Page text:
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Bill DiBenedetto headshot

Nestlé: Helping Us Pass On the Salt

One could argue that salt and the human obsession with it aligns with the fabric of world history and civilization itself—in trade, production and culinary habits—points that Mark Kurlansky make in Salt: A World History.

We take things with a grain of salt, we work—some of us anyway—in the salt mines, tell salty salacious stories during Happy Hour and what would that potato chip or French fry be without salt? Pretty bland, and even the “salt substitutes” out there don’t quite fill the bill—or at least this Bill. And, fun factoid: did you know that salt is the only rock we eat?

Generally speaking, food tastes better with salt and the food industry, especially the processed food industry, knows this very well.

So when Nestlé, the world’s largest food and beverage maker, pledges to accelerate the reduction of salt across all of its food brands, that’s a pretty spicy development. Nestlé said this month that its planned reduction supports a World Health Organization salt target of no more than 5g of salt per person, per day, by 2025.

“The decision will further reduce salt levels across Nestlé’s hundreds of savory products including soups, noodles, recipe mixes, frozen and chilled meals and pizzas, in popular brands including Maggi, Stouffer’s, DiGiorno and Buitoni,” the company said in a news release.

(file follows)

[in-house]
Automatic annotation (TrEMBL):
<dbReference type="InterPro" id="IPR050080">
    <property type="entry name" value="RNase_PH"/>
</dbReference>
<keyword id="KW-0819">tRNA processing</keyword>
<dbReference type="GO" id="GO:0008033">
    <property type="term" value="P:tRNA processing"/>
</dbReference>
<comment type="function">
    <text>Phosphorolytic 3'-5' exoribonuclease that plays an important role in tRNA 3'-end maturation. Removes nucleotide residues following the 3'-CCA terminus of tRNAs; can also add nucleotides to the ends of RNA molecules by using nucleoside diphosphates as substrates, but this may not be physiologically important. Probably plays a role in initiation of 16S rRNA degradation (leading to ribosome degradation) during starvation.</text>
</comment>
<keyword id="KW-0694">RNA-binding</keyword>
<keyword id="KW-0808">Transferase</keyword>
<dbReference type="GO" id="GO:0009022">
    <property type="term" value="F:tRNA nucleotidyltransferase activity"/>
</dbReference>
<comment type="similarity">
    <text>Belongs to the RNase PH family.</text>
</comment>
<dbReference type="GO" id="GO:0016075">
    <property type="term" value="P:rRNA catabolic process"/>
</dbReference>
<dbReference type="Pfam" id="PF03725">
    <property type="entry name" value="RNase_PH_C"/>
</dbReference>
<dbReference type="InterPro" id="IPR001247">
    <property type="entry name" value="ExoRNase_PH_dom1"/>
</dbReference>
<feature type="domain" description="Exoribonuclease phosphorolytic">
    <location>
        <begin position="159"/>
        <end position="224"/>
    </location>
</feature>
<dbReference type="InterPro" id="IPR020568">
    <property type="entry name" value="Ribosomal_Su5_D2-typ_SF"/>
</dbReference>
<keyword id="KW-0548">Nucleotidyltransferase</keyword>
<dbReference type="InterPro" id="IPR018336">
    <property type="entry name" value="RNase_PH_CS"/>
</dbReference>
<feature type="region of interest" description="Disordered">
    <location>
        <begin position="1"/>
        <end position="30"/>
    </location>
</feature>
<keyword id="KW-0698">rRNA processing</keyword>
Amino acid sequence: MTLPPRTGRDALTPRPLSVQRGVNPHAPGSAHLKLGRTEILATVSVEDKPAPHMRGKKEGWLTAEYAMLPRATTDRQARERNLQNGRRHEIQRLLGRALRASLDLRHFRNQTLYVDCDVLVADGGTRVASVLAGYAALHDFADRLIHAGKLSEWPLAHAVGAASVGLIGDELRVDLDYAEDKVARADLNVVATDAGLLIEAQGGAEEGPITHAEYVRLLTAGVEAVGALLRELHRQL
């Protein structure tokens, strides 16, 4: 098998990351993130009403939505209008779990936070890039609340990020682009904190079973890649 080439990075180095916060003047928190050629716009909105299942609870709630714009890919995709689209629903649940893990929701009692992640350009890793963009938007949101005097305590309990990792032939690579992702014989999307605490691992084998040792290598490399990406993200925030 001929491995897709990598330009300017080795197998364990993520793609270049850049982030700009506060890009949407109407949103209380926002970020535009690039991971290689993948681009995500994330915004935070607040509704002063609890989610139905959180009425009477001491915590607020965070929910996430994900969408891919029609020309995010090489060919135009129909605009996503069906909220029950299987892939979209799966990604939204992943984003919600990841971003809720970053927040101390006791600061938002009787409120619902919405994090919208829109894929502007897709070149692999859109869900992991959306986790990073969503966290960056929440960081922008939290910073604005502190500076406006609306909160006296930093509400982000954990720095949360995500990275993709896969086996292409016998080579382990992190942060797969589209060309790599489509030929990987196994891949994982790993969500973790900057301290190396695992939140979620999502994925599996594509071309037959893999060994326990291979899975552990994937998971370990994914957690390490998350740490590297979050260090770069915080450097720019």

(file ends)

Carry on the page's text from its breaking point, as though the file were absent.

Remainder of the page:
In addition, all of the culinary brand innovations the company launches “will be specially formulated with an even lower level of sodium,” it said.

“We have made great strides in reducing the salt content of our food products in recent years and we want to build on that progress,” said Henri-Pierre Lenoble, Nutrition, Health and Wellness manager, Nestlé Food.

Nestlé’s announcement followed a recent Washington conference on dietary salt consumption organized by the Pan-American Health Organization (PAHO), the regional Americas Office of the World Health Organization.

The company says that since 2005, it has worked “to progressively and continuously reduce the salt in its foods and make them healthier for consumers.”

By 2012, Nestlé recipes contained 14,043 fewer tons of salt than in 2005, the company says. It added that it is committed to reducing the amount of salt in its high sodium products – such as ready meals, soups, noodles, recipe mixes and pizzas – by at least 10 percent in the next three years. Its one-page fact sheet has more information on salt reduction.

Studies indicate that the food industry’s overuse of salt in pre-processed and microwaveable foods is a major source of Americans’ excess sodium intake, according to ThinkProgress, and contributes to as many as 100,000 American deaths every year. Salt over-consumption is cited by the medical community as a risk factor for high blood pressure, stroke, and heart attack.

So the argument goes that reducing the salt content in processed foods is a highly effective way to limit sodium intake at the source, so to speak, because it’s done before ever reaching the consumer. Currently, even people who don’t want to eat food laden with salt have little recourse since many foods come pre-loaded with it.

Scientists say there are more than 14,000 uses for salt. Evil spirits hate it, and it protects one from the evil eye. It’s both essential for the human body to function, but as my doctor always warns me, unhealthy when consumed in excess.

It’s potent stuff and should be handled with care, and thanks to Nestlé, maybe we’re now more aware. Better to pass on the salt, than to pass the salt.

[Image: Salt Shaker by jhhwild via Flickr cc]

Bill DiBenedetto headshotBill DiBenedetto

Writer, editor, reader and generally good (okay mostly good, well sometimes good) guy trying to get by.

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